A Coke bottler's son, he fell in love with caffeine early and hard. His book weaves the stories of noted sleep researchers and the delicate biologies of infant slumber and sleep-inducing pharmacopeia into Hayes' own suburban-lawn stories of growing up, coming out, and beyond.

"I knew I'd have to write about intensely personal issues," says the author, who will be at Black Oak Books on March 6, "because what has kept me awake over the years" includes his difficult role as the only boy in a large family, then his emerging sexuality, and later "worrying about my partner, who was so sick with AIDS." That partner, in better health today, is an excellent sleeper.

"I have this theory that insomniacs never pair up with other insomniacs," sighs Hayes. "Opposites attract. It's just part of our torture."

Bringing back into print another California artist who refused to be crushed by his confinement in a WWII internment camp, Berkeley's Heyday Books has just released Living in Color: The Art of Hideo Date ($24), in conjunction with the Japanese American National Museum. Edited by Karin Higa, it traces Date's daring synthesis of traditional Japanese art and American painting.

Don't got milk? Lactose intolerance is no joke, as anyone who doesn't agree with dairy foods will tell you. Denise Jardine loved them and never dreamed that they lay behind the "downward spiral" of "bloating, constipation, and intestinal bleeding" that led to a baker's dozen misdiagnoses. Her Recipes for Dairy-Free Living, fresh from Berkeley's Ten Speed Press ($18.95), soothes and seduces with butterless gravy, cheeseless manicotti, and milkless bisque -- not to mention creamless sour cream, ice cream, and cream sauce. While "finding substitutes for milk is getting easier all the time," the author notes, figuring out what to do with them takes a bit of finesse.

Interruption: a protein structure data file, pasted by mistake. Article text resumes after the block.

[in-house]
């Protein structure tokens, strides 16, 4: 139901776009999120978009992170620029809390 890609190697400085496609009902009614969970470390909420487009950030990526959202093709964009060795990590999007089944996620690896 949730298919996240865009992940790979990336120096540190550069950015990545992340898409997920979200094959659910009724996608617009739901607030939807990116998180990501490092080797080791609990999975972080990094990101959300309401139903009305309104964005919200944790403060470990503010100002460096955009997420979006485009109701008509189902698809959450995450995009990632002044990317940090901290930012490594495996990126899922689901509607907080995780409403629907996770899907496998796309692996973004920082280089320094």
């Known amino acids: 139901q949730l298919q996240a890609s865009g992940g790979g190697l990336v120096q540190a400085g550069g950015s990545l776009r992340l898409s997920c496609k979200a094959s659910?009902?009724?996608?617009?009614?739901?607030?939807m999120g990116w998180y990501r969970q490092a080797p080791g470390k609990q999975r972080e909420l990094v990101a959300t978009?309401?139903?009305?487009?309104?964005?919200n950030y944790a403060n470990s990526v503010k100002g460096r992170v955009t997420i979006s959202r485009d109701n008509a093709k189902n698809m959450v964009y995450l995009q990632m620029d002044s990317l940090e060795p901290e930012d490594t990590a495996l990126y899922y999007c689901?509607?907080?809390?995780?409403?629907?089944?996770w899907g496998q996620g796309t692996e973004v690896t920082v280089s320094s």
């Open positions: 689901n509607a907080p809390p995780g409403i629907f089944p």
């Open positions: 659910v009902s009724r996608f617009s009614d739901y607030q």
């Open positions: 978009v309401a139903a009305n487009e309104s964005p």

Berkeley's booksellers don't just sell books. This month marks the arrival of Berkeley's Green and Pleasant Land (Regent, $12.95), a haunting short-story anthology by Renee Blitz, widow of the late, lamented Moe Moskowitz. Shedding a very personal light on those hallowed '60s, it lays bare the mindgames and sexual chicanery that left such jagged scars. Also brand-new from those quarters is The Chandler Apartments (Creative Arts, $13.95), a cheeky mystery by longtime Moe's staffer Owen Hill, who will read from the book at San Francisco's main library on April 9. Roaming the familiar scenery of Berkeley's Southside, Hill's used-book buyer and sleuth sports a self-deprecating wit that cuts like a scalpel. It's a funny scalpel, though, such as when an old flame shows up looking slimmer and "astonishingly beautiful."

"What is a man supposed to say when a woman loses weight?" Hill's Clay Blackburn wonders. "Or, to put a finer point on it, what is a man in Berkeley supposed to say?"

Like lots of sleuths, Blackburn likes wine and women. But not exclusively.

"Maybe there are other bisexual detectives out there somewhere," Hill notes, "but I've never found one." As for his new book: "I'm very proud of the blow job scene."

Do you feel eccentric? Berkeley's How Berkeley Can You Be? festival figures in Jan Friedman's new Eccentric America (Globe Pequot, $18.95), an illustrated guide to weird statues, egg-eating contests, houses built out of beer cans, and more. A 28-ounce hamburger awaits in Nebraska, while a Dr. Pepper Museum provides yet another reason to visit Waco, TX. Also in the Bay Area, the author recommends a visit to either of Good Vibrations' two locations. Now what's so eccentric about ... ?